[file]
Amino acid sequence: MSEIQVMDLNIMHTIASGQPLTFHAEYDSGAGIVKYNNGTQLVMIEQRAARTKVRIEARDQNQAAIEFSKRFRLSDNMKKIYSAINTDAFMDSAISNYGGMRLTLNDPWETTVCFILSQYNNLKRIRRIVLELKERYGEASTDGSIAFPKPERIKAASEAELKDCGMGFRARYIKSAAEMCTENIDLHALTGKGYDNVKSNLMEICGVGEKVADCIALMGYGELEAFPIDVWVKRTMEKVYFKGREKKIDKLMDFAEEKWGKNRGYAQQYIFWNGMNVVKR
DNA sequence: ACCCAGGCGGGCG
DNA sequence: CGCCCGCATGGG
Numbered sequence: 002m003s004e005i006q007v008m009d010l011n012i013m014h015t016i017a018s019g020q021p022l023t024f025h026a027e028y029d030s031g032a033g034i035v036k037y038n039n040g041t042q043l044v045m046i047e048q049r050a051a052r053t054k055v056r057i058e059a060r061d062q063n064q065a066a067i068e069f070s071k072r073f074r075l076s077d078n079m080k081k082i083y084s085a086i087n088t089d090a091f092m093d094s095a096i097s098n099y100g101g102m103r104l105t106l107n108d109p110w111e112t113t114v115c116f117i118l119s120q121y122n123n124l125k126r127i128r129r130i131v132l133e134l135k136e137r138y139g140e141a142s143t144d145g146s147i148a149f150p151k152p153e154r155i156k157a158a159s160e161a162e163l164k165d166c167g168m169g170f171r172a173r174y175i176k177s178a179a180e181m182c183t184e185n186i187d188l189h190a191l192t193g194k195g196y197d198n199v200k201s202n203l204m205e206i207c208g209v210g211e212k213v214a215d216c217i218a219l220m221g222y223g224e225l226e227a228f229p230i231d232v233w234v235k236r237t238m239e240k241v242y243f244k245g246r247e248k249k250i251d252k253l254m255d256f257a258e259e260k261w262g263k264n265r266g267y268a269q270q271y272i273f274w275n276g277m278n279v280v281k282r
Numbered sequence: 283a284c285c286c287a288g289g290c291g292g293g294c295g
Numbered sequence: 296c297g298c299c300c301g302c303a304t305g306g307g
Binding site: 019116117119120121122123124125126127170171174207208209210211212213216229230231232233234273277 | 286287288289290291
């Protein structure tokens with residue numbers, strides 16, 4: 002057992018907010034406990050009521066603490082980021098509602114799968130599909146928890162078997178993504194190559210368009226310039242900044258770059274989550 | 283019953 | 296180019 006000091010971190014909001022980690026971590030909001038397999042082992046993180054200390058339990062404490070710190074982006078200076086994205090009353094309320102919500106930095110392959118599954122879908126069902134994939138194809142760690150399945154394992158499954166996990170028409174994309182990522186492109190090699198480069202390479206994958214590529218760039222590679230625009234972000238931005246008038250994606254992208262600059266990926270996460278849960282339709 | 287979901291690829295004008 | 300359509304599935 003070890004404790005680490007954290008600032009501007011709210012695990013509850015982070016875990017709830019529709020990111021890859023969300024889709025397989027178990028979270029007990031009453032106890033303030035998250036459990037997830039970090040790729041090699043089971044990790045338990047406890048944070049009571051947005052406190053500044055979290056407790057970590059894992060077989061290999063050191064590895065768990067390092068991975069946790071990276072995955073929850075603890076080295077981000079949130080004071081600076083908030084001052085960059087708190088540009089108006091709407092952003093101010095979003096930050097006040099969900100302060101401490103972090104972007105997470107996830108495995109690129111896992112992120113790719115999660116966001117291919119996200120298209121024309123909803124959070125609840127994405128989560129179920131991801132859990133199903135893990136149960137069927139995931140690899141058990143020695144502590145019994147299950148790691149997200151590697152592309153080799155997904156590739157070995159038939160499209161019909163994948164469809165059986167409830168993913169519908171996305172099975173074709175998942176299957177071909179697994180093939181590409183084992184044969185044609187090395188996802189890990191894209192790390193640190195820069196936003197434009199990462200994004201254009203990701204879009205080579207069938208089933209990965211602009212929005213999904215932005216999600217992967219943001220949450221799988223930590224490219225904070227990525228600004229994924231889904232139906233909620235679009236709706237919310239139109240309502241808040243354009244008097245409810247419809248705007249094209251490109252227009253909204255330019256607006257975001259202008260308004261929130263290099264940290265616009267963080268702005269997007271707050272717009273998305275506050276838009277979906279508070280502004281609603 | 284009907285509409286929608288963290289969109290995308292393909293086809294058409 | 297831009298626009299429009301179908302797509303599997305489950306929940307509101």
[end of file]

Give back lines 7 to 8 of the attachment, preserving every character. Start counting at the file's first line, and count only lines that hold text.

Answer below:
Binding site: 019116117119120121122123124125126127170171174207208209210211212213216229230231232233234273277 | 286287288289290291
């Protein structure tokens with residue numbers, strides 16, 4: 002057992018907010034406990050009521066603490082980021098509602114799968130599909146928890162078997178993504194190559210368009226310039242900044258770059274989550 | 283019953 | 296180019 006000091010971190014909001022980690026971590030909001038397999042082992046993180054200390058339990062404490070710190074982006078200076086994205090009353094309320102919500106930095110392959118599954122879908126069902134994939138194809142760690150399945154394992158499954166996990170028409174994309182990522186492109190090699198480069202390479206994958214590529218760039222590679230625009234972000238931005246008038250994606254992208262600059266990926270996460278849960282339709 | 287979901291690829295004008 | 300359509304599935 003070890004404790005680490007954290008600032009501007011709210012695990013509850015982070016875990017709830019529709020990111021890859023969300024889709025397989027178990028979270029007990031009453032106890033303030035998250036459990037997830039970090040790729041090699043089971044990790045338990047406890048944070049009571051947005052406190053500044055979290056407790057970590059894992060077989061290999063050191064590895065768990067390092068991975069946790071990276072995955073929850075603890076080295077981000079949130080004071081600076083908030084001052085960059087708190088540009089108006091709407092952003093101010095979003096930050097006040099969900100302060101401490103972090104972007105997470107996830108495995109690129111896992112992120113790719115999660116966001117291919119996200120298209121024309123909803124959070125609840127994405128989560129179920131991801132859990133199903135893990136149960137069927139995931140690899141058990143020695144502590145019994147299950148790691149997200151590697152592309153080799155997904156590739157070995159038939160499209161019909163994948164469809165059986167409830168993913169519908171996305172099975173074709175998942176299957177071909179697994180093939181590409183084992184044969185044609187090395188996802189890990191894209192790390193640190195820069196936003197434009199990462200994004201254009203990701204879009205080579207069938208089933209990965211602009212929005213999904215932005216999600217992967219943001220949450221799988223930590224490219225904070227990525228600004229994924231889904232139906233909620235679009236709706237919310239139109240309502241808040243354009244008097245409810247419809248705007249094209251490109252227009253909204255330019256607006257975001259202008260308004261929130263290099264940290265616009267963080268702005269997007271707050272717009273998305275506050276838009277979906279508070280502004281609603 | 284009907285509409286929608288963290289969109290995308292393909293086809294058409 | 297831009298626009299429009301179908302797509303599997305489950306929940307509101």